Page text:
If you buy in cash, you skip over taking out a loan from a bank or lender and pay the owners of the home directly. This doesn’t necessarily mean you have to come to the negotiating table with a pile of actual money. Instead, cash offers are often a series of wire transfers through an escrow account that goes directly to the seller.

If you don’t have the full amount of the home in cash, there is a growing number of American companies who can help you finance a cash offer. Flyhomes is one of them.

Find out how we can help you make a cash offer for your home.

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The easiest way for non-US citizens to buy a home in the US is with a cash offer

Documents for non-citizen homebuyers

Your mortgage lender needs document that help them determine your credit history, employment history, and proof of income. For a US citizen, this is pretty simple because of tax records and access to American credit reporting agencies. If you’re not a US citizen, it can be expensive and time consuming for these credit bureaus to find your credit history. And it mostly works for North American countries and some Western European countries.

If you have a relationship or an account with an international bank, though, this should be less difficult.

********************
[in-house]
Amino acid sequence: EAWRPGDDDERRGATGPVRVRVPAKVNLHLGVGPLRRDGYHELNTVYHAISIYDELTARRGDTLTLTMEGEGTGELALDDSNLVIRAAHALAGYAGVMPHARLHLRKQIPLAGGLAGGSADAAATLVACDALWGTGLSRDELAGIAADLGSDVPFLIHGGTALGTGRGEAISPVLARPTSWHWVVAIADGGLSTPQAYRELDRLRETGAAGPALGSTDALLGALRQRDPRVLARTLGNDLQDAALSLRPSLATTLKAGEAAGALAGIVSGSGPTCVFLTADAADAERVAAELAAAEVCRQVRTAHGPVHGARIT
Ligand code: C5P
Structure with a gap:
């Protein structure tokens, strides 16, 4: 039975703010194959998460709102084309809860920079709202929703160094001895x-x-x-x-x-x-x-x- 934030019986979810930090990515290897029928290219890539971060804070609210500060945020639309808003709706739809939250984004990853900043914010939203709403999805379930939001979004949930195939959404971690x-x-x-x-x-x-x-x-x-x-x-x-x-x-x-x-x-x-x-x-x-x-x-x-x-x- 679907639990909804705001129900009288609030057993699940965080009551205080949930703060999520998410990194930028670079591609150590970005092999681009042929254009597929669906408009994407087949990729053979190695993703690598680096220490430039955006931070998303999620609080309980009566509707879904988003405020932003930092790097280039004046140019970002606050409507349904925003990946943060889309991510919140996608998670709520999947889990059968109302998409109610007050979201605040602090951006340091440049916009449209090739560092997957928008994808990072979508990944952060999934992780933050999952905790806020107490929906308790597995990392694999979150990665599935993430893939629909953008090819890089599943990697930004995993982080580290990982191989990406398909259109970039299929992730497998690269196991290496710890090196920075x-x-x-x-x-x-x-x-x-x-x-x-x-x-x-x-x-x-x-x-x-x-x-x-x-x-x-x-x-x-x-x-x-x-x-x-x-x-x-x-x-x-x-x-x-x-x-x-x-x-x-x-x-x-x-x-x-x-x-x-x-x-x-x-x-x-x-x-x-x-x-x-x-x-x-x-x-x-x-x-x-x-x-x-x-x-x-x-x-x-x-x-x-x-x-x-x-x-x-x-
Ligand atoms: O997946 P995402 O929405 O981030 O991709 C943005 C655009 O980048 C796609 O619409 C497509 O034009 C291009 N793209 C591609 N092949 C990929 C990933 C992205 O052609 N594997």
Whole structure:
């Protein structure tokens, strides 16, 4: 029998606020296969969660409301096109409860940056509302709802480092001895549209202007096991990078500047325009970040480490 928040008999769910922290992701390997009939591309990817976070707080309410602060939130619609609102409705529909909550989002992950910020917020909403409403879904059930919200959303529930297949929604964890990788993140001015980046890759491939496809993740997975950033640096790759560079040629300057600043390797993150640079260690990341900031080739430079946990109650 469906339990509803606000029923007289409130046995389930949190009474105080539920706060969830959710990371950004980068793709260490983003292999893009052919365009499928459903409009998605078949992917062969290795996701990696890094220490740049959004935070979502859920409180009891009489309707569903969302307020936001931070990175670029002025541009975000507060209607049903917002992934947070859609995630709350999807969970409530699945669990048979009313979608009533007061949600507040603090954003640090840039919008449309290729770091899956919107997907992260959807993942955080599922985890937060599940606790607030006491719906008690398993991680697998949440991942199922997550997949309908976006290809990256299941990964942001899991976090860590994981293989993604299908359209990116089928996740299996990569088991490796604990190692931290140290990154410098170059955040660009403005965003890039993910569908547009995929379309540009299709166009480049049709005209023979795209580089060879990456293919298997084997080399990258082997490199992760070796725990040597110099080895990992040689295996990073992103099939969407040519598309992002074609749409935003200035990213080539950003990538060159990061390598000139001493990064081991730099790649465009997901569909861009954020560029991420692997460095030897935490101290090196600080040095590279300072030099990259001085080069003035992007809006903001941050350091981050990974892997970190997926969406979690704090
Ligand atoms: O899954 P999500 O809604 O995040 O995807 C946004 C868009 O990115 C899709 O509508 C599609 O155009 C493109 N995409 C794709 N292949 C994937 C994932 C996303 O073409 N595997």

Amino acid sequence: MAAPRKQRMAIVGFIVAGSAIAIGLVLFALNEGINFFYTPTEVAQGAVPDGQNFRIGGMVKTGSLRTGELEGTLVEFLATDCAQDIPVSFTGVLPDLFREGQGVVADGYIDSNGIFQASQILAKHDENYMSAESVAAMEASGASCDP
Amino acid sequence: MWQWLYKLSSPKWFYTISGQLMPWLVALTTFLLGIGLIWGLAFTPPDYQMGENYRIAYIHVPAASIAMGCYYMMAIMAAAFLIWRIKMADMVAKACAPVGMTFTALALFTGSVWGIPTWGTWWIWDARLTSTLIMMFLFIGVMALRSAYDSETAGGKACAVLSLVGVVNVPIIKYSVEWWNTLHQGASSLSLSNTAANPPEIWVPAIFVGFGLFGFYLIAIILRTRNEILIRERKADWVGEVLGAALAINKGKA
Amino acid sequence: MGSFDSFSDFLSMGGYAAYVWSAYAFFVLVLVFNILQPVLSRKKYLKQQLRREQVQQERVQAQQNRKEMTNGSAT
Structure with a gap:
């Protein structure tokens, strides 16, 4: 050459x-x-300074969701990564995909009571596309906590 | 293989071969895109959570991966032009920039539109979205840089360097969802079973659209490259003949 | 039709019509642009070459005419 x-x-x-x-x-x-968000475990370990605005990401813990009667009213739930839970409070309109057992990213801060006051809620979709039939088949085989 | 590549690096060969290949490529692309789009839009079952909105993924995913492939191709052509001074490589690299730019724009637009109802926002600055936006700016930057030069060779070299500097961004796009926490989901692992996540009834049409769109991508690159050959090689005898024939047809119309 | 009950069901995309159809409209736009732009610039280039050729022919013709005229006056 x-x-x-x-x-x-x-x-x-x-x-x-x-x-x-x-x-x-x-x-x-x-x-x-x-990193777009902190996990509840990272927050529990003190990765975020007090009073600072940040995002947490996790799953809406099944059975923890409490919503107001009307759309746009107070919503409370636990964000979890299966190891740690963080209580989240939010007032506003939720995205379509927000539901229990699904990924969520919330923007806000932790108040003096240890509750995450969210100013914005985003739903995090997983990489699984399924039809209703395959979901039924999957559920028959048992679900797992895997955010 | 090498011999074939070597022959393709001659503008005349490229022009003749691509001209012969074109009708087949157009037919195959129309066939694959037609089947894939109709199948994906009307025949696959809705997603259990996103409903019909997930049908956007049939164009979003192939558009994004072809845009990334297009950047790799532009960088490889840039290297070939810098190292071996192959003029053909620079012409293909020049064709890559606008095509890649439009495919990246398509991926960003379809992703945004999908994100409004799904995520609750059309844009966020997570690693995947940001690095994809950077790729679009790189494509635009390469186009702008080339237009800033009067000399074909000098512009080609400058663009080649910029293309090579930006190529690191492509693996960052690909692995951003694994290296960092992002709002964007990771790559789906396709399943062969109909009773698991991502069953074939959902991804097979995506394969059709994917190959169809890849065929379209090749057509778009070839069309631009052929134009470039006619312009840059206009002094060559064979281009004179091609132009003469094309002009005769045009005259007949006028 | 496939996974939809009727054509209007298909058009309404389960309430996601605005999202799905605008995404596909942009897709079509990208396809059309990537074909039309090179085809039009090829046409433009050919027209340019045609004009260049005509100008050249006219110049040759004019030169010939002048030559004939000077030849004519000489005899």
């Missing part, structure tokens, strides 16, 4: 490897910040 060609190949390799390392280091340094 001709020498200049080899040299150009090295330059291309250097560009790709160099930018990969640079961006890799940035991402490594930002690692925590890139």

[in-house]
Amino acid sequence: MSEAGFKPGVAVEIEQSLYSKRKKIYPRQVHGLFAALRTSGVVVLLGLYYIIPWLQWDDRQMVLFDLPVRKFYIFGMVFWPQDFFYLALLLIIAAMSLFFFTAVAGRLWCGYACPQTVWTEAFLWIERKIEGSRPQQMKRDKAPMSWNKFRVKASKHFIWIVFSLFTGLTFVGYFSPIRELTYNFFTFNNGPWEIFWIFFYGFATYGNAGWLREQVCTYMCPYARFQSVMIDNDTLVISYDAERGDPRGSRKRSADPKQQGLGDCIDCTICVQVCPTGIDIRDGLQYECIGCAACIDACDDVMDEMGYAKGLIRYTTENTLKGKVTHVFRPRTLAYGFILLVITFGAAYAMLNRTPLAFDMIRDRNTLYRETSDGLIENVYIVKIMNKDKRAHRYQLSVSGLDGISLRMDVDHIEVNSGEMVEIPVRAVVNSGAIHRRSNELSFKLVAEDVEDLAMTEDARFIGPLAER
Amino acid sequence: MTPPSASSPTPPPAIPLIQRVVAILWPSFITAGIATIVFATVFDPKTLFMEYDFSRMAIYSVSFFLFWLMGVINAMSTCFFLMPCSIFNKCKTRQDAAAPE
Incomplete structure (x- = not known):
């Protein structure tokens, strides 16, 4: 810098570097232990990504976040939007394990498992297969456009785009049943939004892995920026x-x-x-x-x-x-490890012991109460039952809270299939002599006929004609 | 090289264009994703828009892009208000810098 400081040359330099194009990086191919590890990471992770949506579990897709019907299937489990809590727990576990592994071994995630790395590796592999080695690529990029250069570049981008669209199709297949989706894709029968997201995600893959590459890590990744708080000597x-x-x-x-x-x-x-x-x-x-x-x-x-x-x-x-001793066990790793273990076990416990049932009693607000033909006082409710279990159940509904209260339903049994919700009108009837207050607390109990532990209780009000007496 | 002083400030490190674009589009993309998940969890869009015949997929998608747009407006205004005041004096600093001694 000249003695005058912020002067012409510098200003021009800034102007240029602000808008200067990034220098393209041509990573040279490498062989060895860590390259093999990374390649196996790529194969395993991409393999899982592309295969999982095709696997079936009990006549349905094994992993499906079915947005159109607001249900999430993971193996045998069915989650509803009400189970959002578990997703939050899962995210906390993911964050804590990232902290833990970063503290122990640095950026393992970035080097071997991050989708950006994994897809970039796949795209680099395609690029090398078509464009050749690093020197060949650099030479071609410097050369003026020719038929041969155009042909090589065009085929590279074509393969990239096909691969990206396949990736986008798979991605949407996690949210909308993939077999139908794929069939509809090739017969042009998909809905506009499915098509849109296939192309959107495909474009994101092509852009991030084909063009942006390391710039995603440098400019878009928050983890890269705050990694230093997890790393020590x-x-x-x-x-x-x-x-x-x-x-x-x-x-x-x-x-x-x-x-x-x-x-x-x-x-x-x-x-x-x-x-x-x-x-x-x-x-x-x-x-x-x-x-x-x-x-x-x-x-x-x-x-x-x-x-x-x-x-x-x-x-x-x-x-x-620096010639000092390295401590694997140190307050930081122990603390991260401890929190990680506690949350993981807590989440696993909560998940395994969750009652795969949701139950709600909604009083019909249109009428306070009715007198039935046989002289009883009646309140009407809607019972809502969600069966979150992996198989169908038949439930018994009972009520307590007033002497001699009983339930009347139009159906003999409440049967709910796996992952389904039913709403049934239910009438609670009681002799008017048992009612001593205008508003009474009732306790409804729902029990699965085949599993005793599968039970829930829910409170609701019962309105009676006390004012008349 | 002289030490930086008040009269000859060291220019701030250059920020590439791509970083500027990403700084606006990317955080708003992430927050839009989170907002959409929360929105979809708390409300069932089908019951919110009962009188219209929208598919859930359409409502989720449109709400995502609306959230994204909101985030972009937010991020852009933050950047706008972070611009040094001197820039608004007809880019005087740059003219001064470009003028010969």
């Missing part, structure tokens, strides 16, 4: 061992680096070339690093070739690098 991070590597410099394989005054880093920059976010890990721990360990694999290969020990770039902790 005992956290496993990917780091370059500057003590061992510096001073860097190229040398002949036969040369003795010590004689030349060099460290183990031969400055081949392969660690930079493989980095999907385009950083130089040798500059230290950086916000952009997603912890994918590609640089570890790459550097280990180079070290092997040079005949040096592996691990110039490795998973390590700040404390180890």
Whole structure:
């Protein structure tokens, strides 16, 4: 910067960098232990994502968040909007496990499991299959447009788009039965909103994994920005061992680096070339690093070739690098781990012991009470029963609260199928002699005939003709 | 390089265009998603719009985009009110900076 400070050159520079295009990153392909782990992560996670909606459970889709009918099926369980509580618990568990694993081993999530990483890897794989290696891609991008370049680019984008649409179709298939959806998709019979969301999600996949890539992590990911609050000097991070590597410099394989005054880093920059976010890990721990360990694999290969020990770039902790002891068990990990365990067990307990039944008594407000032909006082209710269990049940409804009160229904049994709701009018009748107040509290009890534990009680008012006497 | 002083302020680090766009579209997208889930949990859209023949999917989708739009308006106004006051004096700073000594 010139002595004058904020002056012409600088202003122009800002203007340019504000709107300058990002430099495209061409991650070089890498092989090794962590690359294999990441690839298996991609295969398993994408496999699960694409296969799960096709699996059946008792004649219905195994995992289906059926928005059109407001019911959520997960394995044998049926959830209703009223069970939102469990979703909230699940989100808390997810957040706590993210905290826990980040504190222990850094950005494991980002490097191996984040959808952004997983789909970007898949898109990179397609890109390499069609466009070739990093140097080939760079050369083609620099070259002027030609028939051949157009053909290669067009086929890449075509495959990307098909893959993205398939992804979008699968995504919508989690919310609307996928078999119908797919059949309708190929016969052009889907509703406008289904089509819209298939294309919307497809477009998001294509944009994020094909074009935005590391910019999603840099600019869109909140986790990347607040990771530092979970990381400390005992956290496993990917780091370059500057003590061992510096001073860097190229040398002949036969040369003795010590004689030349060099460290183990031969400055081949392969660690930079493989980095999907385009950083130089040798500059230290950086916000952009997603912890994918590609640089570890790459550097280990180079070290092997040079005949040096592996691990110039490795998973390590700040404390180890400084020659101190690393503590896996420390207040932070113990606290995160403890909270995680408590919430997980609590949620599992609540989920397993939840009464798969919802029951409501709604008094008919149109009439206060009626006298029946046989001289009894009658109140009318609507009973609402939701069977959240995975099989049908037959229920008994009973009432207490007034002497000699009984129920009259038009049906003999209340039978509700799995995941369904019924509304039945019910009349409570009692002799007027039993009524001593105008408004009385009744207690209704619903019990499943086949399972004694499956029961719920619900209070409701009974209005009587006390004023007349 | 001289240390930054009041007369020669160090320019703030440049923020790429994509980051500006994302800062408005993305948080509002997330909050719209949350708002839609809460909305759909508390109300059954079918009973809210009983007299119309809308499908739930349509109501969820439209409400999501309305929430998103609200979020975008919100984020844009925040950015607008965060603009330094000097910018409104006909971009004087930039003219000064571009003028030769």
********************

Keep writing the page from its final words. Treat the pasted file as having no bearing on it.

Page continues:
If you don’t have an international bank account, though, here are the records, criteria, and documents you’ll need to qualify for a loan:

  • A credit score of 720 or higher
  • A valid Individual Tax Identification Number or Social Security Number
  • American pay stubs and an American bank account where your salary goes
  • Proof that you’ve been a US citizen for at least 2 years
  • Proof that you have worked in the US for 2, consecutive years

Your rights as a Non-citizen homebuyer

The 14th Amendment to the US constitution states that you should not be subjected to any kind of prejudice, bias, or discrimination when it comes to the law.

On top of that, the US Fair Housing Act was passed in 1968 to make sure that people wouldn’t be discriminated against on the basis of race or religion if they wanted to purchase, rent, or finance a house.

If you feel you are having a hard time securing a home loan due to your nationality, race, or religion you can file a complaint with a number of agencies who are dedicated to enforcing these anti-discriminatory laws.